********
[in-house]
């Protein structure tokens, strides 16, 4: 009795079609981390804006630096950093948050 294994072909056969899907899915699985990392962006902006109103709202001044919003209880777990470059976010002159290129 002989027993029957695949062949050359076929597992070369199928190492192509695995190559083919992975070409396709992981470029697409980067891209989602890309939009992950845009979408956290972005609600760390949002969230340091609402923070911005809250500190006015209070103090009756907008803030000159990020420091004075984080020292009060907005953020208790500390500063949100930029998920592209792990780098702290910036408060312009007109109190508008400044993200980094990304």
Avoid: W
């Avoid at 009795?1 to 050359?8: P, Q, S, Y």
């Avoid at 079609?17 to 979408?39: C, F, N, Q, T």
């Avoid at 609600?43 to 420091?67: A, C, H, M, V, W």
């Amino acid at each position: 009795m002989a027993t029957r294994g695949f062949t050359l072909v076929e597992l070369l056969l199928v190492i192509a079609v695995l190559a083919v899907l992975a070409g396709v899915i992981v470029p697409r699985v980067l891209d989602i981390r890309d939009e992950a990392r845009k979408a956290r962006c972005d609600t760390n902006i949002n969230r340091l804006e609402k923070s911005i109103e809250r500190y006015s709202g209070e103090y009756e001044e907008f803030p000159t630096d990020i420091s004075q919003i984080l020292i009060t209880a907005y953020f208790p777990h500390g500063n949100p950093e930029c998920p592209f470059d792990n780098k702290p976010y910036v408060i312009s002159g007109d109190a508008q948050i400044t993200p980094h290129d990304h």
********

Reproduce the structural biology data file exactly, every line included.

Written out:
[in-house]
């Protein structure tokens, strides 16, 4: 009795079609981390804006630096950093948050 294994072909056969899907899915699985990392962006902006109103709202001044919003209880777990470059976010002159290129 002989027993029957695949062949050359076929597992070369199928190492192509695995190559083919992975070409396709992981470029697409980067891209989602890309939009992950845009979408956290972005609600760390949002969230340091609402923070911005809250500190006015209070103090009756907008803030000159990020420091004075984080020292009060907005953020208790500390500063949100930029998920592209792990780098702290910036408060312009007109109190508008400044993200980094990304």
Avoid: W
């Avoid at 009795?1 to 050359?8: P, Q, S, Y």
């Avoid at 079609?17 to 979408?39: C, F, N, Q, T």
């Avoid at 609600?43 to 420091?67: A, C, H, M, V, W």
């Amino acid at each position: 009795m002989a027993t029957r294994g695949f062949t050359l072909v076929e597992l070369l056969l199928v190492i192509a079609v695995l190559a083919v899907l992975a070409g396709v899915i992981v470029p697409r699985v980067l891209d989602i981390r890309d939009e992950a990392r845009k979408a956290r962006c972005d609600t760390n902006i949002n969230r340091l804006e609402k923070s911005i109103e809250r500190y006015s709202g209070e103090y009756e001044e907008f803030p000159t630096d990020i420091s004075q919003i984080l020292i009060t209880a907005y953020f208790p777990h500390g500063n949100p950093e930029c998920p592209f470059d792990n780098k702290p976010y910036v408060i312009s002159g007109d109190a508008q948050i400044t993200p980094h290129d990304h």